Wednesday, June 15, 2011
Our fascination (bordering obsession) with other people must date back to ancient times. Why else would the Bible warn us about gossiping and coveting? Yet today's innovations, like streaming video, social media, and smart phones, provide constant, unprecedented access to others. Millions of us around the globe are watching, voting, and connecting. (Hmm, if we could text our political election votes like our Top Chef favs, we'd probably see higher turn-outs.)
The idea behind this post came after I referenced several shows with friends this week. First, I quoted the spouses on Sister Wives in a conversation about jealousy. "I don't personally believe in polygamy," I explained, "but I like what the Browns say in the opening of their show. 'Love should be multiplied, not divided.' and 'I think there's room for everyone.'" Next, I used the premise of two shows to explain a third. "Auction Hunters is a cross between Storage Wars and American Pickers." That explanation surprised even me. When I followed the comment with one about the historical treasures that come into the Pawn Stars shop, I figured it was time to write a post. And with today's news that Amber from MTV's Teen Mom show attempted suicide, I want to come clean about why I'm more than a junkie. I'm a Reality television advocate.
Reality TV keeps us connected.
On any given day, I can observe and visit with a cross-section of the world - couples getting married; couples having children; teens having children; families buying houses; families renovating houses; singers, dancers, bakers, and fashion designers pursuing (and sometimes testing) their dreams; along with any number of people buying, selling, celebrating, or crying.
Reality TV teaches compassion.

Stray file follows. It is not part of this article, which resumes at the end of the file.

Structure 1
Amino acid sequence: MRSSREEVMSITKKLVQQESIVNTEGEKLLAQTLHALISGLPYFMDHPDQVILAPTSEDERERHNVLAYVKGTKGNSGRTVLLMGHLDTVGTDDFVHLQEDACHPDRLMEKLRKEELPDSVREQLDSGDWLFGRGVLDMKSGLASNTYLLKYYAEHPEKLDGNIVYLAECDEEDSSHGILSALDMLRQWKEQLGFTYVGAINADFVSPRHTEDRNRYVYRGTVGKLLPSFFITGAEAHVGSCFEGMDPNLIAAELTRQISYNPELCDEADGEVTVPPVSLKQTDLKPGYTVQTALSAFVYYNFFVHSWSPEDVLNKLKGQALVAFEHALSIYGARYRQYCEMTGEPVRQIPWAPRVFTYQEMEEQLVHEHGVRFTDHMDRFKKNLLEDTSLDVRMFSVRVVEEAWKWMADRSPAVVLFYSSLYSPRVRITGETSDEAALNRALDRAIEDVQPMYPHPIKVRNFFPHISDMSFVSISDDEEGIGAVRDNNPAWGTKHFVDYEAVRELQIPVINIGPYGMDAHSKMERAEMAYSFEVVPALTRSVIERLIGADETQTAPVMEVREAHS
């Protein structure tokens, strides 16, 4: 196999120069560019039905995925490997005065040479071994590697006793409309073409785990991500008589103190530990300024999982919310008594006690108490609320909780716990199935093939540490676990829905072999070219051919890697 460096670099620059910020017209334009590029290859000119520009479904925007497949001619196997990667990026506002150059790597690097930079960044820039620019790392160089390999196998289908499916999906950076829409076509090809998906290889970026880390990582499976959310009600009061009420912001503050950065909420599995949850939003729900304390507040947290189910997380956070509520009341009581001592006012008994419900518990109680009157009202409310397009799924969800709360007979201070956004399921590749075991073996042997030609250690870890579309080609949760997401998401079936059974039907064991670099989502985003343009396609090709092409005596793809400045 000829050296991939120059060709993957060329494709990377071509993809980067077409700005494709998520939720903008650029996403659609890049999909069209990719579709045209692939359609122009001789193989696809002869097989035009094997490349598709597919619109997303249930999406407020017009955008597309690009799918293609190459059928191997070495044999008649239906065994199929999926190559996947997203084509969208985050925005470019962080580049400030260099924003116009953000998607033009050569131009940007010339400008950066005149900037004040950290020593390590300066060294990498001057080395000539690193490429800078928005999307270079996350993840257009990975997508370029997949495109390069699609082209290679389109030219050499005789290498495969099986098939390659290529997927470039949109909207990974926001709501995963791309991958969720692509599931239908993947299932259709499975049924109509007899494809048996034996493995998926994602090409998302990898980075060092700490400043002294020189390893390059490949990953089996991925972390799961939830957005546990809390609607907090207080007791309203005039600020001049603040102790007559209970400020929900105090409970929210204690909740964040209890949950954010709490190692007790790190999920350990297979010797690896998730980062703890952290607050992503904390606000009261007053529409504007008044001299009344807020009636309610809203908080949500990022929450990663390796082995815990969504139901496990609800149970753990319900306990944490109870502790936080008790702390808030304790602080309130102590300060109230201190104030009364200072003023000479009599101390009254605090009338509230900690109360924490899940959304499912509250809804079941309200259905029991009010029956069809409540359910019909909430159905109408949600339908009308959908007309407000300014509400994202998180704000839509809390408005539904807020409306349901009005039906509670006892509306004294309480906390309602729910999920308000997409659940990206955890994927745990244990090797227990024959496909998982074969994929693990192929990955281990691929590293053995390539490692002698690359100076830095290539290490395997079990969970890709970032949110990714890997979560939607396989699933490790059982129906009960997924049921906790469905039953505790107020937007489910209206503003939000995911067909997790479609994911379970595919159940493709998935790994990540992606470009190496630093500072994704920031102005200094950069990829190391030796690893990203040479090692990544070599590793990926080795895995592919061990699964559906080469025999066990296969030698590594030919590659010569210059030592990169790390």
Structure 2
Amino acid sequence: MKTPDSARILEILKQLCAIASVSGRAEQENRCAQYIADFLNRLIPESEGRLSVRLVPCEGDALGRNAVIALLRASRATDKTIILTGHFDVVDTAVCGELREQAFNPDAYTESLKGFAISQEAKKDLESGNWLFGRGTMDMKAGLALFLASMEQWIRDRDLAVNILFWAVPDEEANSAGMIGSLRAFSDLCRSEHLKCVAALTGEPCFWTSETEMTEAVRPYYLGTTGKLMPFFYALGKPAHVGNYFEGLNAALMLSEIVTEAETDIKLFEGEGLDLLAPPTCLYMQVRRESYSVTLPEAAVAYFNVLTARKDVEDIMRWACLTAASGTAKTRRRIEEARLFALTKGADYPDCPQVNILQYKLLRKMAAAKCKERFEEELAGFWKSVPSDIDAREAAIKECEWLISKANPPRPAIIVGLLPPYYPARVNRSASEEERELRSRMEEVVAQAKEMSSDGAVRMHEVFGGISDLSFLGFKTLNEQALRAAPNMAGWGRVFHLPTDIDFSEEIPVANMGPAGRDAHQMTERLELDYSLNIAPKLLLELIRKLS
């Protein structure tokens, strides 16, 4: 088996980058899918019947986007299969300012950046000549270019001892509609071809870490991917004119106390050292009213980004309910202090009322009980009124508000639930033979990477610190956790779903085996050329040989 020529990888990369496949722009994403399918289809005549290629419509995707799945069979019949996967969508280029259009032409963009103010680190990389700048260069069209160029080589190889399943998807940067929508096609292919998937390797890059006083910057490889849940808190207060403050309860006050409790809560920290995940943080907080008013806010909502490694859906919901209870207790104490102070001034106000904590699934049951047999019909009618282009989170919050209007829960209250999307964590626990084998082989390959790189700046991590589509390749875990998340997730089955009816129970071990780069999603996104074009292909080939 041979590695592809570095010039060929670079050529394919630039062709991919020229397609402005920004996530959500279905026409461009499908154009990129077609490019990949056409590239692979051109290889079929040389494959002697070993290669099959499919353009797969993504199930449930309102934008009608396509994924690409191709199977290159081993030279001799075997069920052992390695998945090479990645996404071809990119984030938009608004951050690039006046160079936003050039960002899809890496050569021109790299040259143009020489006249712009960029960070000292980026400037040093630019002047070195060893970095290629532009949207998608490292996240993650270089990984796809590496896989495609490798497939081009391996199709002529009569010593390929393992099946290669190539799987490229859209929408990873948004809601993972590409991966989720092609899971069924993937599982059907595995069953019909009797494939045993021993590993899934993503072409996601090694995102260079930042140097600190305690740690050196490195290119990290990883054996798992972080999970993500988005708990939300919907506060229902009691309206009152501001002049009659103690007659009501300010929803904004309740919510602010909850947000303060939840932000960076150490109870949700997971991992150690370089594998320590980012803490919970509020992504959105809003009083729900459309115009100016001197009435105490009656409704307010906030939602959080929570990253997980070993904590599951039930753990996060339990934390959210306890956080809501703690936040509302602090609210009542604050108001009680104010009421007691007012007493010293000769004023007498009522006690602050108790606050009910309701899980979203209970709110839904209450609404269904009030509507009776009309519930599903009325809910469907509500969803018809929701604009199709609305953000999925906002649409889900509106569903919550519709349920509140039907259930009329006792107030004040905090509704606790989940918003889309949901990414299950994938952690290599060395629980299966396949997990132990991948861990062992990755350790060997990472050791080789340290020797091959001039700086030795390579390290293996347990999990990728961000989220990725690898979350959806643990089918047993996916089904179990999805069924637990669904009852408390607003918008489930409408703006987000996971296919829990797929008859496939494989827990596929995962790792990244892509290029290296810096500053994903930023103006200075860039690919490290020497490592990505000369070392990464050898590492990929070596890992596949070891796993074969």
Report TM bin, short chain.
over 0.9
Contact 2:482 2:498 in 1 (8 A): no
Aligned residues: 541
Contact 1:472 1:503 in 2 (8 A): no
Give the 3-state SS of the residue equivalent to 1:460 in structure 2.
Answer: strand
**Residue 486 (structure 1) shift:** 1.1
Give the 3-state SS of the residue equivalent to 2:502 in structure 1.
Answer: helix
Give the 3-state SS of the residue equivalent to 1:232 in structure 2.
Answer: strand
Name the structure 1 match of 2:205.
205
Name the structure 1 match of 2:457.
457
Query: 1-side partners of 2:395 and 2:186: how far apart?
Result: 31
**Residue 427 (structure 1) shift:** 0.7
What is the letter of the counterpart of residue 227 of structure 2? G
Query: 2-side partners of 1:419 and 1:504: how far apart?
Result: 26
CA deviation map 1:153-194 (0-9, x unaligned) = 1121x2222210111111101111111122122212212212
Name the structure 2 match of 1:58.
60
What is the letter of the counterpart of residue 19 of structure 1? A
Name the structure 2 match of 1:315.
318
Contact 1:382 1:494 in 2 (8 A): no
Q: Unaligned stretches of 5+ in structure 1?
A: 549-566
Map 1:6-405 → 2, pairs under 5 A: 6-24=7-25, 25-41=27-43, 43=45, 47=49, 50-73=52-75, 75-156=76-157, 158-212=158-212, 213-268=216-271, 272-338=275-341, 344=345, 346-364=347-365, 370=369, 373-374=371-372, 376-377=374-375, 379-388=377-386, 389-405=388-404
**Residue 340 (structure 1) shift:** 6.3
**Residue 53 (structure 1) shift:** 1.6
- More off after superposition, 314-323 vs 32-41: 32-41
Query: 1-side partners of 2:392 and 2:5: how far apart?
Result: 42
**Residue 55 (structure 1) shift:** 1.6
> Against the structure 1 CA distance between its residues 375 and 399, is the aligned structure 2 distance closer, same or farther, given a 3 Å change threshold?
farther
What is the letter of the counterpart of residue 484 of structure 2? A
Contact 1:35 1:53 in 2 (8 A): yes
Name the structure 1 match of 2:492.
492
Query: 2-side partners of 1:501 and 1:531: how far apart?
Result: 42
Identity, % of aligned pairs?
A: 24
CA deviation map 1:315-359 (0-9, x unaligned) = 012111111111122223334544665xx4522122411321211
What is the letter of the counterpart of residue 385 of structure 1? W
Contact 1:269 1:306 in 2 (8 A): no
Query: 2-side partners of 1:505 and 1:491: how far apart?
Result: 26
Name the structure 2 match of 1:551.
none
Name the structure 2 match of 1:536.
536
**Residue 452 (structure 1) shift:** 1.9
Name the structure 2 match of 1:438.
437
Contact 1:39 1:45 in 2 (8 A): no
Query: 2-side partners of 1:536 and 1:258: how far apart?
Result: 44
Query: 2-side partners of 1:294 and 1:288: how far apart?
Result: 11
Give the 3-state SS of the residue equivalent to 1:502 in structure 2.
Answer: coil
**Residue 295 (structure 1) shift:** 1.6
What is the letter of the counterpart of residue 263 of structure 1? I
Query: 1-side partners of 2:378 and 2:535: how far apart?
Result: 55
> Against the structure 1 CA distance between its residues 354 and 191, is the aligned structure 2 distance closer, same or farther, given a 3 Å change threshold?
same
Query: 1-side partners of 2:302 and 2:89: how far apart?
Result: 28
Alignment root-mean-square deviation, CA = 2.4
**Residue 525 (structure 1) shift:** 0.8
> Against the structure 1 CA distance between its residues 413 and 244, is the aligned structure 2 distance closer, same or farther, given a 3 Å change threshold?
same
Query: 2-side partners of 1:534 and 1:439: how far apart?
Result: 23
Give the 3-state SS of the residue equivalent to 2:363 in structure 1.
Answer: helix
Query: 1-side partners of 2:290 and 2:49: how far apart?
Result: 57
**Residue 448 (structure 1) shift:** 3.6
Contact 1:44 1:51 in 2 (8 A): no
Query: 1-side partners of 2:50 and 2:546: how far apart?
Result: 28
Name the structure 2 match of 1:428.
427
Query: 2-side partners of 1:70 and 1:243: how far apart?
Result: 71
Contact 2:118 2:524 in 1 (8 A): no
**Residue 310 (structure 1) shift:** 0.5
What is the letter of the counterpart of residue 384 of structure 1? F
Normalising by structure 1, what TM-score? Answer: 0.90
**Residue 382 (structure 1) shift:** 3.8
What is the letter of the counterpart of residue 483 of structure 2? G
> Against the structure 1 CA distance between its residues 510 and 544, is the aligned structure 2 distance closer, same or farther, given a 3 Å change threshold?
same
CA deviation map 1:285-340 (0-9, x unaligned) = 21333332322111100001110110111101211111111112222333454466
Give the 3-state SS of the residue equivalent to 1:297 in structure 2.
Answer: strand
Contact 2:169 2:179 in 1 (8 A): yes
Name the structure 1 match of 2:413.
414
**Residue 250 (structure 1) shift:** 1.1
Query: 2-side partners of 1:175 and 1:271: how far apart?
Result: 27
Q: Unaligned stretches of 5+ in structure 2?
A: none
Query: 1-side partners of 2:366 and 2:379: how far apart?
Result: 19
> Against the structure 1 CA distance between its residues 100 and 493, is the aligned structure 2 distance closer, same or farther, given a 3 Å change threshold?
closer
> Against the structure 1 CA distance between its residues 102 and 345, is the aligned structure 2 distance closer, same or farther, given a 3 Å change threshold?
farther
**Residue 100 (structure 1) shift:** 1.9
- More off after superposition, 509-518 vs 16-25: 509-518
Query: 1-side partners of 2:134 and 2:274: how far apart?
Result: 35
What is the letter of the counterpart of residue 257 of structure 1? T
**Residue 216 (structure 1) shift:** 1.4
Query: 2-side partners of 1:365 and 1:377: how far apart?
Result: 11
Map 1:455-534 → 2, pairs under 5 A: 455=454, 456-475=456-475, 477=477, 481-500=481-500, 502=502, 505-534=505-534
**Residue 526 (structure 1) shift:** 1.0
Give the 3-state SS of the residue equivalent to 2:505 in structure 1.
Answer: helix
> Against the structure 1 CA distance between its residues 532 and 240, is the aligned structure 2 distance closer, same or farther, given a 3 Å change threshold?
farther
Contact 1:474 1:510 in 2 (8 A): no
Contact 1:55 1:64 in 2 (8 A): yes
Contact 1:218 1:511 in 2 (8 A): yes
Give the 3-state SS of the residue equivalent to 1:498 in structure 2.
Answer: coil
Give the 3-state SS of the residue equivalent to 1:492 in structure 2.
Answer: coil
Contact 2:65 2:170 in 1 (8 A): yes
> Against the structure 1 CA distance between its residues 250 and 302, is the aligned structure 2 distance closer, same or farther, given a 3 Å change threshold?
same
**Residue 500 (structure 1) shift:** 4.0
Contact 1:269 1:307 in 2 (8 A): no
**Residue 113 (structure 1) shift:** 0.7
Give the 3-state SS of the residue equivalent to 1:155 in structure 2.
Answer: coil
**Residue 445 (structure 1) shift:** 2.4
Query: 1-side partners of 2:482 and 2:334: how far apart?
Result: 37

One morning last month, our 6-year-old son caught me watching the latest DVR'ed episode of Sister Wives. Because I'm familiar with the Brown Family and their values, I knew I wouldn't be exposing him to profanity or other social ills by allowing him to watch it with me. I seized the opportunity to explain the difference in what we believe and how we all need to respect each other even if when we don't agree.
Reality TV exposes needs.
Shows like Mob Wives, Intervention, and 16 and Pregnant provide a window into the lives of everyday people we might otherwise never meet. For example, some hurting people visit their pastor or counselor. Others get a tattoo. But I can honestly say I've seen more scripture on tattoo shows like LA Ink than I've heard in some sermons. We can't claim to be out of touch with society when prayer needs are delivered directly to our boob tubes every day. (Hence, I've already prayed for Amber.)
In the end, Reality TV is more popular than ever. And I don't think it's going away any time soon. Sure, it has its drawbacks. But there are also ways to use it for good.
Image: nuchylee / FreeDigitalPhotos.net